Look Who's Covertly Controlling the GOP: Karl Rove, Scheming Election Theft and Raising a Fortune for Vicious Attack Ads
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The following is a transcript of a Democracy Now! interview with Craig Unger on Karl Rove's comeback.
Our guest for the hour is Craig Unger, who has written Boss Rove: Inside Karl Rove’s Secret Kingdom of Power. In it, he writes, "Undeniably, he’s back," talking about Karl Rove. "He has re-invented himself. He is not merely Bush’s Brain; he’s the man who swallowed the Republican Party. As the maestro orchestrating the various super-pacs, he has inspired the wealthiest people on the right to pony up what could amount to $1 billion and has created an unelected position for himself of real enduring power with no term limits. Karl Rove has become the ultimate party boss." Craig Unger, lay out his rise to power, his fall, and then his rise again.
CRAIG UNGER: Right. Well, I think a lot of people saw him as a creature of the Bush family, and then that was it, and then it was all over in 2008 when Bush left the White House. And that was not the case at all.
And it’s worth going back to how he got power back in the 1980s. And there was not much of a Texas Republican Party in those years, partly because Texas had powerful conservative Democrats, like John Connolly and Lloyd Bentsen, so the big business people who normally would give to the Republicans said, "Well, why bother? We’re getting what we want from Connolly and Bentsen." Rove got around that by creating political action committees, and he took an issue that seemed obscure at the time, known as tort reform. It’s giving the rights of people to collect in product liability cases. And he went to Philip Morris, who put him on his payroll, and to big pharmaceutical companies and so forth and said, "Look, you guys risk billions and billions of dollars in product liability. Give a few million to my candidates, and we will take over the Texas Supreme Court, we’ll take over the Texas legislature, we’ll put George W. Bush in as governor, and we will save you billions of dollars." And he did precisely that. And he ended up with—he flipped the—the Texas Supreme Court was completely dominated by Democrats. It became completely Republican. And he ended up with some very loyal campaign contributors, like Bob Perry—who is no relation to Rick Perry—Harold Simmons and so forth. These are Texas billionaires. And they’ve stuck with him for about 30 years. So, that’s really the first phase.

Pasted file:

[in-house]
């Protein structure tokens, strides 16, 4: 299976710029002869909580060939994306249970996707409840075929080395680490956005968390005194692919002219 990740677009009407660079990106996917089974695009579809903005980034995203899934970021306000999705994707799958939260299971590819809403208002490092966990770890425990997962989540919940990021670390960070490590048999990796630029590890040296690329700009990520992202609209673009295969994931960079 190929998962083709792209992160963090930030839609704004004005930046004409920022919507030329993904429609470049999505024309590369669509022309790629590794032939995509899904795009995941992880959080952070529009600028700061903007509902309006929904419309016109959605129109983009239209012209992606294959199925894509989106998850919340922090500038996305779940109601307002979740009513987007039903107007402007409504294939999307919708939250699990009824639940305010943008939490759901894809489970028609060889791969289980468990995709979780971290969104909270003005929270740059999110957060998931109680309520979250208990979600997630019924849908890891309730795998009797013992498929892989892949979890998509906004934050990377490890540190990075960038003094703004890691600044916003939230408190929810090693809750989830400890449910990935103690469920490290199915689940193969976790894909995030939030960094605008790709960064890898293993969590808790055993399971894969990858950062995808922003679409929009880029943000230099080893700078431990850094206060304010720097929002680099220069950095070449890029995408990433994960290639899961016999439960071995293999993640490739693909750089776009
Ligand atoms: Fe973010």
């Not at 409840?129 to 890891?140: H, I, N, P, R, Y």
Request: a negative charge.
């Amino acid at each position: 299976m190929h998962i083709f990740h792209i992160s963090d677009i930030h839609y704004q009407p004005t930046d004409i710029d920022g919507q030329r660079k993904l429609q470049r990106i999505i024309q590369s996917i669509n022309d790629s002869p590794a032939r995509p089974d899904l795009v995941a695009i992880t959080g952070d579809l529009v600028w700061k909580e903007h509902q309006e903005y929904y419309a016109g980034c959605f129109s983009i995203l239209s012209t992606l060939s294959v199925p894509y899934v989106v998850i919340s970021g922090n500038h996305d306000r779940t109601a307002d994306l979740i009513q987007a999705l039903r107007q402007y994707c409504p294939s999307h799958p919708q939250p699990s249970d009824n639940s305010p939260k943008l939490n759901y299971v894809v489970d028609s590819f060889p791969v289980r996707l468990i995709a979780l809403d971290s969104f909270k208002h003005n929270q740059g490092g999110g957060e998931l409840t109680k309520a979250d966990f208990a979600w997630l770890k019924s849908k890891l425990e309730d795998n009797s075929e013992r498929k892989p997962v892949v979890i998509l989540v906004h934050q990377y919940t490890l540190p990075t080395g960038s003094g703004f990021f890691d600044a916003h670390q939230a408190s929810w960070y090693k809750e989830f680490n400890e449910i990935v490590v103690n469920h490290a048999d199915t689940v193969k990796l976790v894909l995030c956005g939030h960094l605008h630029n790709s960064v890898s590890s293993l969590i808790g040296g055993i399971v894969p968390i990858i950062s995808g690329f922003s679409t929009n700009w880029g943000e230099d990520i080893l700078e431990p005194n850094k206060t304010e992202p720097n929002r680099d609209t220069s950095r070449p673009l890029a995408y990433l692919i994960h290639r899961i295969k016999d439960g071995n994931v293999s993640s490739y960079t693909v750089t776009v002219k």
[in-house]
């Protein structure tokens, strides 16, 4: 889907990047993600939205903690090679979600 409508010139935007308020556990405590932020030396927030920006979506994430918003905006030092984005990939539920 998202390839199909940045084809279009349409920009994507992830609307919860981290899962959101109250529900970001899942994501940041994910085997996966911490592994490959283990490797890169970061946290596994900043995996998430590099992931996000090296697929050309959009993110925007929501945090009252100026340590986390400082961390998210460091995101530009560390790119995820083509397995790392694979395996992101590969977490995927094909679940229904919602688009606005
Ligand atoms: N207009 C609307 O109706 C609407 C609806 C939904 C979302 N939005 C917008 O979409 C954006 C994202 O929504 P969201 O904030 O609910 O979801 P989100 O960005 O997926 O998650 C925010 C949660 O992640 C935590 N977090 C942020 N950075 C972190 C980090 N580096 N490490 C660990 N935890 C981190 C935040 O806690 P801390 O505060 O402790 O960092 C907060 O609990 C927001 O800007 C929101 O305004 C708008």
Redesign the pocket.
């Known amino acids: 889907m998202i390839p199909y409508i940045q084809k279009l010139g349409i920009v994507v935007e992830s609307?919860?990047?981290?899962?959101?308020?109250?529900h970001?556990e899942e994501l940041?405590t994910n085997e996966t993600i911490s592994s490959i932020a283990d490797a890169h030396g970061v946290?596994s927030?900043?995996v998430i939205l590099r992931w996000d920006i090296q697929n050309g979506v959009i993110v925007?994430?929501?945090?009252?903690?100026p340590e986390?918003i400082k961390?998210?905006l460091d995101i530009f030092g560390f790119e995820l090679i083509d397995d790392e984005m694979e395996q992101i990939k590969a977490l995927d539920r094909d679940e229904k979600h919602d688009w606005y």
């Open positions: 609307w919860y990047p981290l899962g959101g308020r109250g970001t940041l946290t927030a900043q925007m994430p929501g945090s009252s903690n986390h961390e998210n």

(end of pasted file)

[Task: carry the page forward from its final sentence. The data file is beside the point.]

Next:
The key moment then came in 2010, and this was the Republican Party was in crisis, as it appears to be again today. And if you—Michael Steele was chairman of the RNC. And you may remember, in early 2010, there was an episode where Republican donors were being entertained at a lesbian bondage-themed strip club. And—
AMY GOODMAN: In California.
CRAIG UNGER: In California, exactly. And partly as a result of that and other things, big money people just refused to give anything to the Republican Party.
AMY GOODMAN: And this was a time when the Republican—when the RNCwas broke.
CRAIG UNGER: Absolutely, absolutely. It was also just after a landmark Supreme Court decision, Citizens United. And this opened the gateways for people to give unlimited contributions to super PACs. And so, Karl Rove had a luncheon at his home in Washington, D.C., on Weaver Terrace. He had about two dozen people there. These were the bigwigs in—it was co-sponsored by Ed Gillespie, who had been former chairman of the RNC. And he came away with millions and millions of dollars, and this represented the birth of the super PAC of American Crossroads, Crossroads GPS and so forth.